AU researcher behind the world’s first LGBTQ+ virtual reality museum
Thomas Terkildsen does not consider himself an artist, but he has a message, and he knows a lot about how virtual reality technology can make narratives even stronger and how to measure emotions. His work has made such a big impression that he has been nominated for an award at the prestigious Tribeca Film Festival.
When did you last visit a museum where you could pick up an exhibited object, turn it around and throw it up in the air? Although everything takes place by means of controllers, as it is a virtual reality museum, it has exactly the same architecture and layout as a physical museum. Museums are designed to preserve important stories, and there is especially one marginalised group whose stories often remain personal without being shared publicly and preserved for the future. Thomas Terkildsen from Aarhus University therefore decided to create the world’s first VR museum for the LGBTQ+ environment together with his colleague Antonia Forster.
For this, they have now been nominated for an award at the prestigious Tribeca Film Festival in New York in the Immersive category called New Voices. It is an award that honours artists who build bridges between technology and storytelling, bring new perspectives to the storytelling and give it an artistic language. And the exhibition has a lot of stories to offer.
About the festival
The Tribeca Film Festival was founded by Robert De Niro and Jane Rosenthal in 2002. They wanted to commemorate the victims after the terror attack on the World Trade Center on 11 September 2001 and stimulate economic growth in southern Manhattan.
Each year, the festival hosts over 600 screenings with approximately 150,000 participants and presents awards to independent artists in 23 juried competition categories.
The museum is dedicated to celebrating the stories and artwork of LGBTQ+ people by preserving their personal stories. The museum contains 3D scans of touching personal artefacts selected by people in the LGBTQ environment and accompanied by their stories told in their own words.
“We wanted people from the LGBTQ+ environment to tell their life stories through an object that has meant a lot to them. So we asked them to send us a physical object. And we received a large number of various artefacts, from a microphone to a teddy bear, wedding shoes and nail polish”, says Thomas Terkildsen, who works at the Department of English at Aarhus University.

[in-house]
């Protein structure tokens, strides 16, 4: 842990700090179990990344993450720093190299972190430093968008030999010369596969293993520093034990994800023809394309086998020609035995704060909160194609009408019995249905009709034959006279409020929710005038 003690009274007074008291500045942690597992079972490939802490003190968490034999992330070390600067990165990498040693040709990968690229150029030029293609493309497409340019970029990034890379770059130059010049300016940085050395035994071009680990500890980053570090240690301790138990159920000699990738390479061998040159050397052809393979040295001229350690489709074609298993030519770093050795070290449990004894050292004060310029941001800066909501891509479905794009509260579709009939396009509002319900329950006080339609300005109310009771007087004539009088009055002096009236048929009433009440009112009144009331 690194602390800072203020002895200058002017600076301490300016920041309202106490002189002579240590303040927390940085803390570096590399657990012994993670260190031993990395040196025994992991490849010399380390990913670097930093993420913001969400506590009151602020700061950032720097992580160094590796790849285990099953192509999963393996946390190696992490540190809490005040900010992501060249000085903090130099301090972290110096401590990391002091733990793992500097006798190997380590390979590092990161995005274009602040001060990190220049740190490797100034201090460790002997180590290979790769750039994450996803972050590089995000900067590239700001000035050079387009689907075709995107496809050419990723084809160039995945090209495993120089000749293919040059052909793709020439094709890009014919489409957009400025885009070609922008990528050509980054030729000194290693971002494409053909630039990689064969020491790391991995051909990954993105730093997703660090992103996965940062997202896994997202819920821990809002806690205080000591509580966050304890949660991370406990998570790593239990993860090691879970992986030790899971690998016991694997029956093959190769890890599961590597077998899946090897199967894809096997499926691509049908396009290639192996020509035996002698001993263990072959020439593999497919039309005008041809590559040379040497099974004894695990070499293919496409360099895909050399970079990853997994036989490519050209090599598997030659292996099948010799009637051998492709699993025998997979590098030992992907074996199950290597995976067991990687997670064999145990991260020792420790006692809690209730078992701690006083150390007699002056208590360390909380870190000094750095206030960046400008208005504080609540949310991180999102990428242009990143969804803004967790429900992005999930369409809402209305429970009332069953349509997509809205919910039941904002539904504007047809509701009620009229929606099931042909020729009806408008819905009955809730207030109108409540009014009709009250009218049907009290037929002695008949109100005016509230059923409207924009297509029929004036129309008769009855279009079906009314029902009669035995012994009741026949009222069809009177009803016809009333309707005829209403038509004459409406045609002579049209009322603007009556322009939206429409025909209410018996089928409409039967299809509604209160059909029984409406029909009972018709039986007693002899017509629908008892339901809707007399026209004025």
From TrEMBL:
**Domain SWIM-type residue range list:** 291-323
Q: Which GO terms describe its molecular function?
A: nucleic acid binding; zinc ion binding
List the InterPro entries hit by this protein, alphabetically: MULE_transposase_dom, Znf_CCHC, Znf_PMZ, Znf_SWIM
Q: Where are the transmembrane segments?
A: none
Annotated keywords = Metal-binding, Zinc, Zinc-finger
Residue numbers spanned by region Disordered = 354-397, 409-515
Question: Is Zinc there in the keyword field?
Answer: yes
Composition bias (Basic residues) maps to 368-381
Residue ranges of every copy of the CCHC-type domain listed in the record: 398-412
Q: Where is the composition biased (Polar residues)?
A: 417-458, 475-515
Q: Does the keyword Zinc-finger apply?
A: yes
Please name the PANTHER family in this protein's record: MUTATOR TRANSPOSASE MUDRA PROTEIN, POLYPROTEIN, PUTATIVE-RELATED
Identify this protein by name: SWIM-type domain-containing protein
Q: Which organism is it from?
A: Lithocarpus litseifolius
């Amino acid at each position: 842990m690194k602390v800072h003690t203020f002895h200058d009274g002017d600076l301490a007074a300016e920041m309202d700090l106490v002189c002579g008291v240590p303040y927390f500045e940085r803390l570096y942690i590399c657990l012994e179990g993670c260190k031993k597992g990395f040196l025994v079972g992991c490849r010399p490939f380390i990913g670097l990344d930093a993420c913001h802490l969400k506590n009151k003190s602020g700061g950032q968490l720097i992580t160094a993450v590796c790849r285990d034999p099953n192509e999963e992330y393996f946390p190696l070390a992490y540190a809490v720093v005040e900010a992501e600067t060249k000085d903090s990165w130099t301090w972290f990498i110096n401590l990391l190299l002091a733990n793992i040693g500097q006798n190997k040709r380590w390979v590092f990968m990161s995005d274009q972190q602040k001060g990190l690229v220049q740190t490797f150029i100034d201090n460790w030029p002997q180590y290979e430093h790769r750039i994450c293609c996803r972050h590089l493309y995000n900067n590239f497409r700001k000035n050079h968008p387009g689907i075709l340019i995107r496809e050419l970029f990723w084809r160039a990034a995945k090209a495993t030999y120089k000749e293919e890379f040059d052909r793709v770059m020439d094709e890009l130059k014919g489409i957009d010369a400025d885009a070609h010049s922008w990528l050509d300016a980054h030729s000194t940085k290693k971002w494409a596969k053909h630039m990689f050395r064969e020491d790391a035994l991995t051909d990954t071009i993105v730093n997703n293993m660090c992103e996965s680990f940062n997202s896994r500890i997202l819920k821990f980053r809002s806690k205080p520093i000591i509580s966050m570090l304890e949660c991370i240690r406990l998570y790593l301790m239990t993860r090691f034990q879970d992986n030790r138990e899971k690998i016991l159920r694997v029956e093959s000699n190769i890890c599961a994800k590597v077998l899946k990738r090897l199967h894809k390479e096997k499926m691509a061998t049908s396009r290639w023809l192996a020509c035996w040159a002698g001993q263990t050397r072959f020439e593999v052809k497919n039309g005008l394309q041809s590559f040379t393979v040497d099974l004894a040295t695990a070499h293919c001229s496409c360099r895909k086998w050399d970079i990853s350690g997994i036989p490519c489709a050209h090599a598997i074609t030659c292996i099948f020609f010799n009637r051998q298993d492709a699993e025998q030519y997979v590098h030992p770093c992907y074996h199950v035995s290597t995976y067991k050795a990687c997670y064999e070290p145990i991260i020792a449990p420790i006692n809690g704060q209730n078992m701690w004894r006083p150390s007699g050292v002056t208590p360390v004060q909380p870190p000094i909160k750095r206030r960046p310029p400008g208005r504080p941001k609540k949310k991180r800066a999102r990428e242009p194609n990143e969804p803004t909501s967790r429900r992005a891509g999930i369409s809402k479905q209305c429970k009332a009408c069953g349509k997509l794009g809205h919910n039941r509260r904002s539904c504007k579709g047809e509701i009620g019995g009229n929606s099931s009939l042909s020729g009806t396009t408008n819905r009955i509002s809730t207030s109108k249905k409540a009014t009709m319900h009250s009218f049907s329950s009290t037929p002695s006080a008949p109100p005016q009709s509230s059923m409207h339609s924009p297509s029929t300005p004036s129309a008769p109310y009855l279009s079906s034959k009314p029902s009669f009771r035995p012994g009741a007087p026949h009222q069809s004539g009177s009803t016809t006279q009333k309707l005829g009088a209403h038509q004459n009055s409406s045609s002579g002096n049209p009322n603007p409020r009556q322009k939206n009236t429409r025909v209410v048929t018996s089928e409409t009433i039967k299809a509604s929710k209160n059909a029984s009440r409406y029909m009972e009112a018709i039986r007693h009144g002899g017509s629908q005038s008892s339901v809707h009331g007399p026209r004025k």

To create a museum that was as close to reality as possible, Thomas Terkildsen and Antonia Forster not only wanted to recreate the submitted objects in 3D and draw a copy in a program. They wanted to create exact reproductions of the objects with every little detail bearing witness to a life story.
“We wanted it to be about exactly that object. So we have taken photos from all angles and made a photo-scanned 3D model which looks 100 % like the object. For us, it’s part of the value that you can see that the nail polish has been used.”
With a VR headset, you can grab the objects, and then you can press a button and hear the owners of the objects explain why this particular object is important to their life story. The stories they are telling are quite strong and emotional, and it is that emotion which Thomas Terkildsen wants to measure. Therefore, when the researchers are going to Tribeca in June, they will have added an extra element to the exhibition.
From a sense of fear to compassion
Thomas Terkildsen is affiliated with the research project APEX of Fear at Aarhus University, where he develops technology to measure fear. At the exhibition at Tribeca, however, he will be measuring the museum visitors’ emotional reactions to the museum experience.
“In addition to VR equipment, measuring equipment will be attached to their hands, so that we can measure how they’re affected by the stories they hear, physically and emotionally. When they’re affected, it generates certain effects in the room they’re in. We create some particles in the air which change colour depending on the extent to which the stories trigger emotions in the visitors. So the particles become bright pink/purple if the emotions are strong and white if no emotions are triggered.
The message is clear. The stories are intended to give the museum visitors an understanding of different lifeworlds, and with this understanding comes compassion.
“It’s important for us to show that there are people behind the stories, and that we all have the same goal of wanting to live a good life. We want to contribute to developing the necessary understanding of each other that enables us to have compassion for each other. And then make sure that the stories can be told in public, so that everyone has access to them.”
The exhibitions and the award ceremony take place on 8-19 June in New York. There will also be two Danish world premieres on the programme. Annette K. Olesen’s drama: Ingen kender dagen with Trine Dyrholm in the leading role and Gabriel Bier Gislason’s debut film Natten har øjne.
When the VR museum exhibition has premiered at Tribeca, anyone with a VR headset at home will be able to see the exhibition online. This article will be updated with a link.
Until then, you can read more about the world’s first virtual reality museum for LGBTQ+ stories here: https://www.tribecafilm.com/films/lgbtq-vr-museum-2022